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House of Commons Emblem

Standing Committee on Public Safety and National Security



Monday, October 24, 2022

[Recorded by Electronic Apparatus]



    Welcome, everyone, on this fine Monday afternoon to meeting number 40 of the House of Commons Standing Committee on Public Safety and National Security.
    I will start by acknowledging that we are meeting on the traditional unceded territory of the Algonquin people.
    Today's meeting is taking place in a hybrid format, pursuant to the House order of November 25, 2021. Members are attending in person in the room and remotely using the Zoom application. The meeting is public.
    Pursuant to Standing Order 106(4), the committee is commencing consideration of the request by five members of the committee to undertake a study of developments regarding the allegations of political interference in the Nova Scotia mass murder investigation.
    I will now open the floor for debate.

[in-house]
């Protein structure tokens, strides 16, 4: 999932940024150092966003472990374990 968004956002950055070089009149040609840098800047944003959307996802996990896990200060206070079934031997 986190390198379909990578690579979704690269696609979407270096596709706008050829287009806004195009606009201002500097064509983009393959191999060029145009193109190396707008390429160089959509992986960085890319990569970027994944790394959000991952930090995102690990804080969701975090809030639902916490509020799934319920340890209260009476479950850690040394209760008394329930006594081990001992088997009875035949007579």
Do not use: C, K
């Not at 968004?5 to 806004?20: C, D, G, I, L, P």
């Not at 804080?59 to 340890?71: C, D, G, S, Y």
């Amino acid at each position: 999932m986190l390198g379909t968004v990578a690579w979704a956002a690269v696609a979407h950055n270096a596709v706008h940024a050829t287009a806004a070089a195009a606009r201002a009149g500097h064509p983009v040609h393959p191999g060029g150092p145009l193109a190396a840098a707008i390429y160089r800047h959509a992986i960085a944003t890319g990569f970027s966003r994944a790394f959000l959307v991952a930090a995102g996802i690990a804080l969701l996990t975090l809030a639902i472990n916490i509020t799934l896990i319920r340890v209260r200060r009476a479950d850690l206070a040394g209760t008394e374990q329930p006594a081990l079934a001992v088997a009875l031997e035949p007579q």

Ms. Dancho.
    Thank you, Mr. Chair.
    I'm going to formally move the motion, as follows:
That pursuant to Standing Order 108(2) the committee meet for one meeting, on Thursday October 27th, in relation to the public release of the recording of RCMP Commissioner Lucki’s call to the Nova Scotia RCMP and the allegations of political interference in the 2020 Nova Scotia Mass Murder Investigation, and that RCMP Commissioner Lucki appear in the first hour, that Minister Blair be invited to appear in the second hour, and that the previously scheduled witnesses for C-21 be added to an additional meeting for the C-21 study.
    Thank you. The motion is in order.
    The motion is on the floor. Is there any debate?
    Ms. Damoff.
    Mr. Chair, I've read over the transcripts. I see absolutely nothing in here that changes what we already heard in two hours of testimony with Minister Blair and Commissioner Lucki.